Performing Arts: Sycamore Trees at Signature

by Editorial

An emotional look at one family’s journey through six decades, Sycamore Trees is an unflinching look at the triumphs and heartaches of life.

By Julie LaPorte

Sycamore Trees. Photo by Scott Suchman.

Sycamore Trees. Photo by Scott Suchman.

Through the ground-breaking “American Musical Voices Project,” sponsored by The Shen Family Foundation, Signature Theatre proudly premieres the musical Sycamore Trees, written by Ricky Ian Gordon and directed by Tina Landau. One of the most powerful and moving works of the season, Sycamore Trees runs through June 13.

Sycamore Trees tells the story of a dysfunctional family and the changes they undergo from the 1940s through the 1990s. The characters are self-aware, emotionally raw and present audiences with a first-hand account of the decades that seemed to shift the very foundation of society. The play explores the fallout of World War II, poverty, the disappointment of the American Dream, the tension that comes as children become individuals and break free from their parents’ expectations, the advent of free love and drugs, Vietnam, AIDS and the death of loved ones.

Marc Kudisch plays Sydney, a blue collar worker from New York who is scarred by his World War II experience and becomes a hard and distant father. Kudisch brings to mind Marlon Brando, and his voice was strong and moving. Diane Sutherland plays Edie, a singer and comedian on the “Borscht Belt,” who gives up her own personal aspirations for Sydney and her children. She provides the love and steadiness that help hold the family together, and she was utterly charming and playful.

Jessica Molaskey portrays the eldest daughter, Myrna, a creative and dynamic writer whose descent throughout the play was tragic and complete. Judy Kuhn‘s Theresa, the second daughter devoted to various causes, absolutely crackled with passion. Farah Alvin‘s portrayal of Ginnie, the youngest daughter who was often overlooked, was understated and fit the part perfectly. Tony Yazbeck was vulnerable and intense as Andrew, the youngest child and only son. Matthew Risch played Andrew’s boyfriend, David, adding emotional depth and a calming presence to the at-times frantic family.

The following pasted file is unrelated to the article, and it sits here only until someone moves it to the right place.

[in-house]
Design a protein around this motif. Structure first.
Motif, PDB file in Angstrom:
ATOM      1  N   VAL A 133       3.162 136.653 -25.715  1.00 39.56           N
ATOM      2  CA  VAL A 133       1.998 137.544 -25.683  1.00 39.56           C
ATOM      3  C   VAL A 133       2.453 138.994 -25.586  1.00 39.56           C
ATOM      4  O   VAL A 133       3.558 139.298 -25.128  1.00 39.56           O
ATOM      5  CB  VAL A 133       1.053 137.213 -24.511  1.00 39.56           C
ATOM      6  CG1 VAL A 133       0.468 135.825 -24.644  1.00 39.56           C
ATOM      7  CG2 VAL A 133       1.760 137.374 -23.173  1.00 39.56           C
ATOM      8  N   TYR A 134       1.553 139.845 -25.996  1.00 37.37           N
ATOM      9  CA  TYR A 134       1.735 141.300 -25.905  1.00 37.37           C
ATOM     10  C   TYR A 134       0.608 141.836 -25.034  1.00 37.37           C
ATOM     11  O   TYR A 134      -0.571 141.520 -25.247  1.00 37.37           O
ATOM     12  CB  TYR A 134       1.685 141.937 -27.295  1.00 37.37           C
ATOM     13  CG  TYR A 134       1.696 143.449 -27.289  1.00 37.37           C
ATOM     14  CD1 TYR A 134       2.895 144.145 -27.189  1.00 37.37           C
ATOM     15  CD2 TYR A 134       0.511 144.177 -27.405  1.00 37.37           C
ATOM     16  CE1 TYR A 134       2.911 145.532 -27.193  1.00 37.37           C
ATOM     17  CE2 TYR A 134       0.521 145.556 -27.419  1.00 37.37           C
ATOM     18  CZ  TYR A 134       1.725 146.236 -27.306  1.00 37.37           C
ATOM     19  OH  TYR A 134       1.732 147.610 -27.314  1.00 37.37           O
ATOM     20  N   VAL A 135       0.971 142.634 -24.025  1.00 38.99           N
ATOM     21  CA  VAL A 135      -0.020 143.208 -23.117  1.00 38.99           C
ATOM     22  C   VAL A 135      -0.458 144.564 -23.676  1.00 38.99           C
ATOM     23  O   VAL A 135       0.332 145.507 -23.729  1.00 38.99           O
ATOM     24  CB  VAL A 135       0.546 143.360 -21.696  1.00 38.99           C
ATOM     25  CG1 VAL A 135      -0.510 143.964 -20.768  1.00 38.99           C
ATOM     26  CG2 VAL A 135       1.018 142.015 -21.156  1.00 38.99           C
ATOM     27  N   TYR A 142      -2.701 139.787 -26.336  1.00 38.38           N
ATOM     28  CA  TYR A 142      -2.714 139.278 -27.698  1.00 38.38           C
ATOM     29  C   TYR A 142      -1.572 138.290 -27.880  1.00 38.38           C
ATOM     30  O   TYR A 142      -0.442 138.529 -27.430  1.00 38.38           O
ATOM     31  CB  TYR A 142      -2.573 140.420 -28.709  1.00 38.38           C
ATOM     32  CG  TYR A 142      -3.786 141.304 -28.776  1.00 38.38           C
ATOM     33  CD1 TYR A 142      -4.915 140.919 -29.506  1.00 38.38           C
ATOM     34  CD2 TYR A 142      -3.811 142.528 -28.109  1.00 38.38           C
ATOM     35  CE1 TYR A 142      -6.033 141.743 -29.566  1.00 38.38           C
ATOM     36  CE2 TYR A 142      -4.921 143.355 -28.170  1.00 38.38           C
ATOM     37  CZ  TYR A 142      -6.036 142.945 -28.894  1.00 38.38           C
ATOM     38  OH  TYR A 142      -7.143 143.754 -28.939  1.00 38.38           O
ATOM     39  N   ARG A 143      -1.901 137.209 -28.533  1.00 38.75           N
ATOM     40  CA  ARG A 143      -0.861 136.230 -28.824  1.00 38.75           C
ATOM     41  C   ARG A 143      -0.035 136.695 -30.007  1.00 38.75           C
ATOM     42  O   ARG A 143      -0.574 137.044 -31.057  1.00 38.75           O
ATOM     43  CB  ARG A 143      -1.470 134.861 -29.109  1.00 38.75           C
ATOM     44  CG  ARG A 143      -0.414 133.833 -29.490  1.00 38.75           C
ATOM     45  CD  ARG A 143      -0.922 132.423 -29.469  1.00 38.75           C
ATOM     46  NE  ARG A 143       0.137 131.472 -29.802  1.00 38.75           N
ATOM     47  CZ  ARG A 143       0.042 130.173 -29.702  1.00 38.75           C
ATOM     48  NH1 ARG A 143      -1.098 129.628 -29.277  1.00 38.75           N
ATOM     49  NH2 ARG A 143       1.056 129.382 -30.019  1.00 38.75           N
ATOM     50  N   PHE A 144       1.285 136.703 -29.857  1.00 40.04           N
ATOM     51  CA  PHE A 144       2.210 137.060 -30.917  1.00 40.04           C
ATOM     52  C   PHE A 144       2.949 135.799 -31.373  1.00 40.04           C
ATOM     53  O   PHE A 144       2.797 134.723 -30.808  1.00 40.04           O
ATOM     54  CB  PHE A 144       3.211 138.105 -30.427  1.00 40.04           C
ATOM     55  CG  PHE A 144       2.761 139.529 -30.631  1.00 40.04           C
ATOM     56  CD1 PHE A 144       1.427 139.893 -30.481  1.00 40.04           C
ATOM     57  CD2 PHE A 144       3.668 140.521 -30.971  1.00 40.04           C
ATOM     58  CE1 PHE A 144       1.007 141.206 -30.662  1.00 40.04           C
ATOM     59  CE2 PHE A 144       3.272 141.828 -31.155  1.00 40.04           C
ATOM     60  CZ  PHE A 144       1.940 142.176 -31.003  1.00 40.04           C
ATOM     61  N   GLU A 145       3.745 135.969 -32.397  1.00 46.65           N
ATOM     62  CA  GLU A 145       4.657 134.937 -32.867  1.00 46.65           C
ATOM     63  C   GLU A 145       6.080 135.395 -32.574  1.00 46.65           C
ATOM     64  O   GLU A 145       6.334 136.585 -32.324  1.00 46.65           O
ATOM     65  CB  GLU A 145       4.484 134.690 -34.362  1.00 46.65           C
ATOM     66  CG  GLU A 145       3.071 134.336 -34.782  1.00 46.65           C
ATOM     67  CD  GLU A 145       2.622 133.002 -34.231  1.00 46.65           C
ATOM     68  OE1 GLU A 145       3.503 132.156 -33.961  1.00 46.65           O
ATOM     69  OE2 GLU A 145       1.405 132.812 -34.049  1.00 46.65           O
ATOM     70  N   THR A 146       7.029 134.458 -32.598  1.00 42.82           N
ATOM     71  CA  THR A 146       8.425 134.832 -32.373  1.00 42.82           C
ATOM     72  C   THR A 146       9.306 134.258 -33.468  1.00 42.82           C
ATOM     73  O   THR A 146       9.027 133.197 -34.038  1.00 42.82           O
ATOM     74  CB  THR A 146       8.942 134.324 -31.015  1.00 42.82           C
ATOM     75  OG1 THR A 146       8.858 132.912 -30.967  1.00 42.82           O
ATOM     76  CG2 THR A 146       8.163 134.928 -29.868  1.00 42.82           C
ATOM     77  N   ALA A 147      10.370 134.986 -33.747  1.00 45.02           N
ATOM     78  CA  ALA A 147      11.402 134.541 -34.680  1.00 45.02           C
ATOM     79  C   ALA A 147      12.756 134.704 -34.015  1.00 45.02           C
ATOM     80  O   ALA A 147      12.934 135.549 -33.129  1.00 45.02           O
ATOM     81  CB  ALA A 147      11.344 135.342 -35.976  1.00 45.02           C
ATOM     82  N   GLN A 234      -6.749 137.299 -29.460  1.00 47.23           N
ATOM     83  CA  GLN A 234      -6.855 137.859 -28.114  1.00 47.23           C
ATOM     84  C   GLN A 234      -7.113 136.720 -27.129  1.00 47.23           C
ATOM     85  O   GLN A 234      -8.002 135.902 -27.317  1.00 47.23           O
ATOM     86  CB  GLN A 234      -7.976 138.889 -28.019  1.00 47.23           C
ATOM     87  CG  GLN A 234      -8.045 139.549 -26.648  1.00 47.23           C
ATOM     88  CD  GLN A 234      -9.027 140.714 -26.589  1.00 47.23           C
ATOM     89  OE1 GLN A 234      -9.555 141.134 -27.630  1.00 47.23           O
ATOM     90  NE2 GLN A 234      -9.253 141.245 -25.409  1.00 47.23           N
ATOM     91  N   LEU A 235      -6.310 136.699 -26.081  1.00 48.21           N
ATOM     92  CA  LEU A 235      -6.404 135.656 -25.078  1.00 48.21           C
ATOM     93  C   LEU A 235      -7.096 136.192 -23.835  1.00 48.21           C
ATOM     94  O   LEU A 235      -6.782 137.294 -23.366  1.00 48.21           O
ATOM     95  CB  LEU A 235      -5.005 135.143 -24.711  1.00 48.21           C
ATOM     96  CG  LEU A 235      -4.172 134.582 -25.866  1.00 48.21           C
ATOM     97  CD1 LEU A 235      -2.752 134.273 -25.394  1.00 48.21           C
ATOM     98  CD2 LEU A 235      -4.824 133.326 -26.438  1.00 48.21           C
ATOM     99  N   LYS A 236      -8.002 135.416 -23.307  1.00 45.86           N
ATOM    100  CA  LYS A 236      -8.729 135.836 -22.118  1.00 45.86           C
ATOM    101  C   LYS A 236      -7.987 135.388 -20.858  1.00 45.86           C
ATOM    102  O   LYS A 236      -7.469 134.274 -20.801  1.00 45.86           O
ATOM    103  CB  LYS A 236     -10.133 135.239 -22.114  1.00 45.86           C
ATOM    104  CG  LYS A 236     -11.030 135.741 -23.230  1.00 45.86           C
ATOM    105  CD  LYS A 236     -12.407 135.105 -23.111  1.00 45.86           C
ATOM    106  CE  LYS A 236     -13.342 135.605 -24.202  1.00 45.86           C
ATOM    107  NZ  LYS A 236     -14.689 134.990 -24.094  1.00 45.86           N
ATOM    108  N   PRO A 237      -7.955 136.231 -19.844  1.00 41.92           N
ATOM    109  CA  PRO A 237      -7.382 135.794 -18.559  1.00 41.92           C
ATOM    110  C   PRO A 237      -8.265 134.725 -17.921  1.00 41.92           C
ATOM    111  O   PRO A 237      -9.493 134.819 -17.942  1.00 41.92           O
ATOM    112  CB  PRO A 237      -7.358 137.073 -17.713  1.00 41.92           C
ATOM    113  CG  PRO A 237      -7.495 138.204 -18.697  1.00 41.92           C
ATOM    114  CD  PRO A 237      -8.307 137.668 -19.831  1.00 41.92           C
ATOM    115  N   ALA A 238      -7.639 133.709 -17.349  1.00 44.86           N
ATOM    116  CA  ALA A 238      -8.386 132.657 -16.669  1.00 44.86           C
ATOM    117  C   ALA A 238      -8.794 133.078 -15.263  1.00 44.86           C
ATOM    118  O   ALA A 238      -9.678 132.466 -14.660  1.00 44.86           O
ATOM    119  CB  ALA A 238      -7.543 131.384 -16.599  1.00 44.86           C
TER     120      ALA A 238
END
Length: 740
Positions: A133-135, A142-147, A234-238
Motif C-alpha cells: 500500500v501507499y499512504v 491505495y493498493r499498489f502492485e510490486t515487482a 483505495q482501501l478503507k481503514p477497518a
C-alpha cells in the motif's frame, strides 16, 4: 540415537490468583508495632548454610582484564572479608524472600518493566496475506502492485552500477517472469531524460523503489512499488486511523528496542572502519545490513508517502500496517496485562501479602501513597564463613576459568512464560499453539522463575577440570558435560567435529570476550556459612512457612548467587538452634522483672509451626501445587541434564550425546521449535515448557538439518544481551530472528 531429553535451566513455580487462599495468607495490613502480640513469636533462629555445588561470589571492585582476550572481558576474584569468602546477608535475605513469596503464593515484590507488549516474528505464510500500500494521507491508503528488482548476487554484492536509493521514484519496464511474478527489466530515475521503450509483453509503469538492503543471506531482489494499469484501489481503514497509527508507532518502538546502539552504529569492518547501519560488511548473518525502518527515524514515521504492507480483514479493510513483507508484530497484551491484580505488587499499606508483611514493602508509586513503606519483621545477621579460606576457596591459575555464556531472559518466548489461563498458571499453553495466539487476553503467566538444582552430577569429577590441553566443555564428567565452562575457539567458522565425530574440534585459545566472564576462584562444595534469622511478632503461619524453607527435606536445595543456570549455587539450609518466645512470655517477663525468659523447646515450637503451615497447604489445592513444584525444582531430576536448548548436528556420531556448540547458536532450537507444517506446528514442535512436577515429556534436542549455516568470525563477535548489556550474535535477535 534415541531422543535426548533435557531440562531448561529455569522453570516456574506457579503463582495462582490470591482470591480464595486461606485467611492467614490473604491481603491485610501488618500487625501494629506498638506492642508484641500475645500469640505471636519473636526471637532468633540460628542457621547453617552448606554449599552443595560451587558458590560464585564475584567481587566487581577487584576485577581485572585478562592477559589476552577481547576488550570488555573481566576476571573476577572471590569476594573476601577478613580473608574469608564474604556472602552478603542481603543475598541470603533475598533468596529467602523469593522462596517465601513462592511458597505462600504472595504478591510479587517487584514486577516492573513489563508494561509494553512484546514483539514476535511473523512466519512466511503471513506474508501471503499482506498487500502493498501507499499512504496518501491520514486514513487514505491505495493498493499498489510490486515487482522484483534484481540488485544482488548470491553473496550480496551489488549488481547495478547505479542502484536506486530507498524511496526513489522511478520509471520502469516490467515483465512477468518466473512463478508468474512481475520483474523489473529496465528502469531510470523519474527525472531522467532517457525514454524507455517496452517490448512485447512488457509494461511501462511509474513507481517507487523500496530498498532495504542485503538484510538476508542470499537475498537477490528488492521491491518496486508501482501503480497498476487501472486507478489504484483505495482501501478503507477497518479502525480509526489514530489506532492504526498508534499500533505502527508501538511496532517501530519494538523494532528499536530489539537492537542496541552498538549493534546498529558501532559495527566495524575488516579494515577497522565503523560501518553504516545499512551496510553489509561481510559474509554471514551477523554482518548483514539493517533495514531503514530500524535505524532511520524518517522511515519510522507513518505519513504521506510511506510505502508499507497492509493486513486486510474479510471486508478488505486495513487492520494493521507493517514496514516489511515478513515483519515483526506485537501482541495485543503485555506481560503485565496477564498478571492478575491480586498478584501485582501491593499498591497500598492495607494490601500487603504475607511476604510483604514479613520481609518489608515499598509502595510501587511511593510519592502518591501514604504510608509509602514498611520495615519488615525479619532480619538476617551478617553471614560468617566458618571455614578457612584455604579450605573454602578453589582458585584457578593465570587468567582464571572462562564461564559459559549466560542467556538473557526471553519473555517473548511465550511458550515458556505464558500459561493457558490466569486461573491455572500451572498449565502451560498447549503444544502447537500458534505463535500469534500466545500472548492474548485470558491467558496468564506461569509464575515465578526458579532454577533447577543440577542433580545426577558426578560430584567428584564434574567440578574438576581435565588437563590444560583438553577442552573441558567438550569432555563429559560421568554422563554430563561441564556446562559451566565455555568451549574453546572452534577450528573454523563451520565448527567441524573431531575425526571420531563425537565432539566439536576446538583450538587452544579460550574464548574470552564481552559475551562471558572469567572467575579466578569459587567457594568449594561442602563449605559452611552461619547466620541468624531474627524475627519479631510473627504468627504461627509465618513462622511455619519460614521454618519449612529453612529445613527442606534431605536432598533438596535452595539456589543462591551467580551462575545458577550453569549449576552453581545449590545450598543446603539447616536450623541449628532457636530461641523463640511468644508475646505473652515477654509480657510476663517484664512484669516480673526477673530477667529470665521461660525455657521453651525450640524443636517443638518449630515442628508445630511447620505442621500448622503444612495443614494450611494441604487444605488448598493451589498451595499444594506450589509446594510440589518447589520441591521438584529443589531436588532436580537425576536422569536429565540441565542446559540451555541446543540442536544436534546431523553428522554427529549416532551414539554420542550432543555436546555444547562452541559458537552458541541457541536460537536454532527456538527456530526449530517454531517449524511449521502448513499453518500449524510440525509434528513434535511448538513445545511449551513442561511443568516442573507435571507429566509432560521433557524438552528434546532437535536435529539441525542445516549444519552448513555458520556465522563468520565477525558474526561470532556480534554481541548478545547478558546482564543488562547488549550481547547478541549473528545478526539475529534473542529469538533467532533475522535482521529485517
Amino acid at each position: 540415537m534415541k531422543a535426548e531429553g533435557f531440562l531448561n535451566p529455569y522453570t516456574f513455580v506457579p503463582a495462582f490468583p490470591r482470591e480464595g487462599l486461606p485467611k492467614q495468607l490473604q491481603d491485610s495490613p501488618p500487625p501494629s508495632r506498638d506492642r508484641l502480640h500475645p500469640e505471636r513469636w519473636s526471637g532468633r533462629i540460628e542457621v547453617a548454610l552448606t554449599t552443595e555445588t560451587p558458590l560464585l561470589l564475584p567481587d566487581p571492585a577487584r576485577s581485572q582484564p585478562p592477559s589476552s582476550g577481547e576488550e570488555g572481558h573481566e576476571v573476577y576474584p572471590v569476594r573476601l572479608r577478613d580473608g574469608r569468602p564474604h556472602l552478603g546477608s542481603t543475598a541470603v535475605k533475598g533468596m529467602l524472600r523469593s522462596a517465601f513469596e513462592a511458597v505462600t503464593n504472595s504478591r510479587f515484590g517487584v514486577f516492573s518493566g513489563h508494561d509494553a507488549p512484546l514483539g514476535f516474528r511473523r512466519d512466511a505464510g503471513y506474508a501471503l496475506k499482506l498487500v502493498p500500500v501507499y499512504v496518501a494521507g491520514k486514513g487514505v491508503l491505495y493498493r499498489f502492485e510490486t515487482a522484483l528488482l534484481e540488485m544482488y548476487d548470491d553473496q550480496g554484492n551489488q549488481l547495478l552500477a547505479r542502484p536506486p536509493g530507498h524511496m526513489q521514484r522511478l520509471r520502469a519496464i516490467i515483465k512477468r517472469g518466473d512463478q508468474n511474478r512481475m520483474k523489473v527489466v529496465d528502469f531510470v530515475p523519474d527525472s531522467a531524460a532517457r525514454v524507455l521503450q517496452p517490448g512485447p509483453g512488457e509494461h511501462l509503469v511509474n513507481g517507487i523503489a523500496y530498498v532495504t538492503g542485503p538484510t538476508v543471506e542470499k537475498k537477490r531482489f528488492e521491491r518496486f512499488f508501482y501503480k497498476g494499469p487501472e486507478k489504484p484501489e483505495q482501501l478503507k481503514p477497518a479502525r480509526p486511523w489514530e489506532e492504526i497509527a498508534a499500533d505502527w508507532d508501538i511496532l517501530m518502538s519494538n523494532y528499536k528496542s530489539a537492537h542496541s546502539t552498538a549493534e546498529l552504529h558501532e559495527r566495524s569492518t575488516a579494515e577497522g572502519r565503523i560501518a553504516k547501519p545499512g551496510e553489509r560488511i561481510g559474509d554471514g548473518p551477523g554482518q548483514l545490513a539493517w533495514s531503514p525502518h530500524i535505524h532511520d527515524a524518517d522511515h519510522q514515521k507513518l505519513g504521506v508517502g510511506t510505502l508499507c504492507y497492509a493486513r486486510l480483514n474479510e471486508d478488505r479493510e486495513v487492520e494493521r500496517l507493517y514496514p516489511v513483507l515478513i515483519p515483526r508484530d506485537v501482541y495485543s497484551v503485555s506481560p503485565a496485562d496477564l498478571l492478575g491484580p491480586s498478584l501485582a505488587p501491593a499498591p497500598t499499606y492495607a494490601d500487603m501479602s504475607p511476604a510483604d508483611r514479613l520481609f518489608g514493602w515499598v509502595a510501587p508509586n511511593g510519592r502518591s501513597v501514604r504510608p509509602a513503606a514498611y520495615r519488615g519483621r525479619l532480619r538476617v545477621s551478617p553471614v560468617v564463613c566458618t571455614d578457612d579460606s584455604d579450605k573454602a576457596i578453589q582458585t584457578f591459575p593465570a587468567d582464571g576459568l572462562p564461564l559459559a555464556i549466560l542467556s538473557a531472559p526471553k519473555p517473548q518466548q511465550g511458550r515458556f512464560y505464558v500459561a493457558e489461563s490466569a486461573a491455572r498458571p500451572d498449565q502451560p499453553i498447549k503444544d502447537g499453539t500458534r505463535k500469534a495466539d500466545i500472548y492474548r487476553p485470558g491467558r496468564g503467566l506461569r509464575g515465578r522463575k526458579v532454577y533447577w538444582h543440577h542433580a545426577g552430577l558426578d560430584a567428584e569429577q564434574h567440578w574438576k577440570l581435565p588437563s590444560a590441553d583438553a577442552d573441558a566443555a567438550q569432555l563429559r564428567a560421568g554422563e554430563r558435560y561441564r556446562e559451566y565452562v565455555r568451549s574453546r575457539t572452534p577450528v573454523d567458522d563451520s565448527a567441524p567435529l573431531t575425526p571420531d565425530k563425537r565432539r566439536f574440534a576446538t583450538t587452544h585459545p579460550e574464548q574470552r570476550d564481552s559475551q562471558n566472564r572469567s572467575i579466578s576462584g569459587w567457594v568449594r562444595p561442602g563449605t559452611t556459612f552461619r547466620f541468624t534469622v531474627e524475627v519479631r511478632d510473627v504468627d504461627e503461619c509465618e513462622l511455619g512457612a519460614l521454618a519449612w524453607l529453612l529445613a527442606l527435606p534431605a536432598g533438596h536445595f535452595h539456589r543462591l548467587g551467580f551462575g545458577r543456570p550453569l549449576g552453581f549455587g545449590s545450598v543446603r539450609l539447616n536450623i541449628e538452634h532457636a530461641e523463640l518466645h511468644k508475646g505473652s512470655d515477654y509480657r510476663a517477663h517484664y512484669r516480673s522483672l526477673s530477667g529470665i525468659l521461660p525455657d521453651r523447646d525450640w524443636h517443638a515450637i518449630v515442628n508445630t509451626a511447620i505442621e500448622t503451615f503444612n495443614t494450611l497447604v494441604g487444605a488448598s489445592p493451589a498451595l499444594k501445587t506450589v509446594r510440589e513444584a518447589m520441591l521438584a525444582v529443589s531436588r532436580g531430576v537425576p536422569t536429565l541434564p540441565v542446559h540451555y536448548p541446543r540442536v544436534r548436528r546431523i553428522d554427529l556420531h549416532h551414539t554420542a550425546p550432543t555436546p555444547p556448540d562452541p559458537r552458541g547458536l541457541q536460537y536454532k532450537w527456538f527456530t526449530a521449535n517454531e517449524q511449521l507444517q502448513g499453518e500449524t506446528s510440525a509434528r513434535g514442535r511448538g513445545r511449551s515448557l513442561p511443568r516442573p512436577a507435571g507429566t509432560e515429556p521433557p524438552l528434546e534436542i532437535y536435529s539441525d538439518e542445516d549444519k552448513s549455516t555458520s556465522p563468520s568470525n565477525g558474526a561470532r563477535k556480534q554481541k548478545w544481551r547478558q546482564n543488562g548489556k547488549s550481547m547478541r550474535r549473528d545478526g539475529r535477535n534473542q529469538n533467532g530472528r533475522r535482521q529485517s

“In Sycamore Trees, an American family speaks directly to the audience as they tell, and re-live, their stories in the second half of the 20th century,” says Landau. “The piece is very intimate, and deeply personal, yet it also has a historical sweep as it places these characters in the tumult of the times – the chaotic 60s, the pressurized 80s, and so on. It’s exquisite – in its sense of longing and loss, and the profound ties that bind family together. Above all, the piece has a form which is completely unique – unlike any other show I can think of. It’s highly inventive and idiosyncratic in its storytelling – constantly surprising, creating and breaking its own rules. The whole piece feels like a poem – some haunting combination of memory, music, and dreams.”

For more information and tickets, visit Signature Theatre.

Marc Kudisch and Tony Yazbeck. Photo by Scott Suchman.

Marc Kudisch and Tony Yazbeck. Photo by Scott Suchman.

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